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This article is about the mineral. For the butterfly see Malachite (butterfly). For the Jinn single see Malachite (Jinn).


Malachite specimen
Chemical formulaCu2CO3(OH)2
Crystal habitMassive, botryoidal, stalactitic
Crystal systemMonoclinic - prismatic
FractureConchoidal to splintery
Mohs Scale hardness3.5 - 4
LusterDull/vitreous in large quantities, silky in crystal form
Specific gravity3.6 - 4

Malachite is a carbonate mineral with the formula Cu2CO3(OH)2. This green-colored minaeral crystallizes in the monoclinic crystal system, and most often forms botryoidal, fibrous, or stalagmitic masses. Individual crystals are rare but do occur as slender to acicular prisms. Pseudomorphsafter more tabular or blocky azurite crystals also occur.


Occurrence and historical uses

Malachite often results from weathering of copper ores and is often found together with azurite (Cu3(CO3)2(OH)2), goethite, and calcite. Except for its vibrant green color, the properties of malachite are similar to those of azurite and aggregates of the two minerals occur frequently together. Malachite is more common than azurite and is typically associated with copper deposits associated with limestones, the source of the carbonate.

Large quantities of malachite have been mined in the Urals. It is found in the Democratic Republic of Congo; Tsumeb, Namibia; Ural mountains, Russia; Mexico; Broken Hill, New South Wales; England; Lyon; and in the Southwestern United States especially in Arizona at Bisbee and Morenci. In Israel, malachite is extensively mined at Timna, often called King Solomon's Mines. Archeological evidence indicates that the mineral has been mined and smelted at the site for over 3,000 years. Most of Timna's current production is also smelted, but the finest pieces are worked into silver jewelry.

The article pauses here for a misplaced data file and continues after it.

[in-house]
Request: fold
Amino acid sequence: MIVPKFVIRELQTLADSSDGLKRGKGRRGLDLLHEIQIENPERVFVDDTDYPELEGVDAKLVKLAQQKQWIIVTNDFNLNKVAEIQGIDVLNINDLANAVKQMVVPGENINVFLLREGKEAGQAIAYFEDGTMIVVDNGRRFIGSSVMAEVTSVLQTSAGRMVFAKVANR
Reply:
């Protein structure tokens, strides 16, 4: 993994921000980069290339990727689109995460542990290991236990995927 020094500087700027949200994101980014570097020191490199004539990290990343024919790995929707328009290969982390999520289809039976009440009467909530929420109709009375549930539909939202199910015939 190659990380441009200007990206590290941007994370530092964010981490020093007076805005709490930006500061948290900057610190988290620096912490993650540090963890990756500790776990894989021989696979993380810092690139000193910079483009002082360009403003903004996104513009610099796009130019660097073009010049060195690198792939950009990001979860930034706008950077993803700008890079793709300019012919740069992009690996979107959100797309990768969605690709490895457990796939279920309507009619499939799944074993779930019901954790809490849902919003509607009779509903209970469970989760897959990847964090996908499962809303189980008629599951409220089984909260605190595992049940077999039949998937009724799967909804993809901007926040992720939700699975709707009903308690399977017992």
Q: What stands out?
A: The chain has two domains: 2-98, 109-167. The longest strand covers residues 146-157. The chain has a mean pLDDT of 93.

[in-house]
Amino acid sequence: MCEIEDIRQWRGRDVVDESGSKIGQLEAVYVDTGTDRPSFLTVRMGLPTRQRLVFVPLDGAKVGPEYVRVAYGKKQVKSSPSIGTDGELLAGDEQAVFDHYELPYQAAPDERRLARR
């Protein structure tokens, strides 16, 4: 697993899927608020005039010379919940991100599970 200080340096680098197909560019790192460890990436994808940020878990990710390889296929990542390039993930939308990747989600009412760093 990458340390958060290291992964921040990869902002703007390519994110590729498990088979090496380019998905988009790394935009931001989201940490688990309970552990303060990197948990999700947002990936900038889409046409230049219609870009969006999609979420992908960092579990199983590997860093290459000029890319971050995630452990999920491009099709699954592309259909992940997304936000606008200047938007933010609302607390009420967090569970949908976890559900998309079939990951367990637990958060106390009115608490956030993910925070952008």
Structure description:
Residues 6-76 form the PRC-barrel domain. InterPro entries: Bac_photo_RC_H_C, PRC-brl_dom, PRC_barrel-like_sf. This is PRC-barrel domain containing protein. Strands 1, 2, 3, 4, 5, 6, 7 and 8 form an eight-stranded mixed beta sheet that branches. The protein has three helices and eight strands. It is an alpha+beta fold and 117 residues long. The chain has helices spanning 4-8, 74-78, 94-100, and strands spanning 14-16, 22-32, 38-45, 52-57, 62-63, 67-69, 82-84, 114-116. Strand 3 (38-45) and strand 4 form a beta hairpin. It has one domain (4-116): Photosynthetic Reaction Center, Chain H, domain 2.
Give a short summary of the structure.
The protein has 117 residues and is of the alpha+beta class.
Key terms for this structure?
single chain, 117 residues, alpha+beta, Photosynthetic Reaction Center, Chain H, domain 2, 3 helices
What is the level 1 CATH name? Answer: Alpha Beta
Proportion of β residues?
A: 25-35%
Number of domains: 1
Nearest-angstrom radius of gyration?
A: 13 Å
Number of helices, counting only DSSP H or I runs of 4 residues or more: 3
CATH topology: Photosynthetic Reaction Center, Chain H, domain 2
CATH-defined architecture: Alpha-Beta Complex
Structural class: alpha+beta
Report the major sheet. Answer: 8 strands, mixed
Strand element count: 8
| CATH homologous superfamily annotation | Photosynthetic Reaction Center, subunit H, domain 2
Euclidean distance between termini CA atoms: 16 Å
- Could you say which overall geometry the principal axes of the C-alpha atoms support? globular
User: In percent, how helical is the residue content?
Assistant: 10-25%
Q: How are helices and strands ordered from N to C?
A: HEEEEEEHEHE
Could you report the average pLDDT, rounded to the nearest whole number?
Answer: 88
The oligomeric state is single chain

Etymology and history

The stone's name derives (via Latin and French) from Greek molochitis, "mallow-green stone", from molochē, variant of malachē, "mallow". Malachite was used as a mineral pigment in green paints from antiquity until about 1800. The pigment is moderately lightfast, very sensitive to acids and varying in color. The natural form was being replaced by its synthetic form, verditer amongst other synthetic greens. It is also used for decorative purposes, such as in the Malachite Room in the Hermitage, which features a large malachite vase (unknown scale). "The Tazza", one of the largest pieces of malachite in North America and a gift from Tsar Nicholas II, stands as the focal point in the center of the room of Linda Hall Library.


  • Hurlbut, Cornelius S.; Klein, Cornelis, 1985, Manual of Mineralogy, 20th ed., John Wiley and Sons, New York ISBN 0-471-80580-7
  • Mineral Galleries
  • Webmineral data
  • Mindat
  • Virtual tour of the Malachite Room
This article is licensed under the GNU Free Documentation License. It uses material from the Wikipedia article "Malachite". A list of authors is available in Wikipedia.
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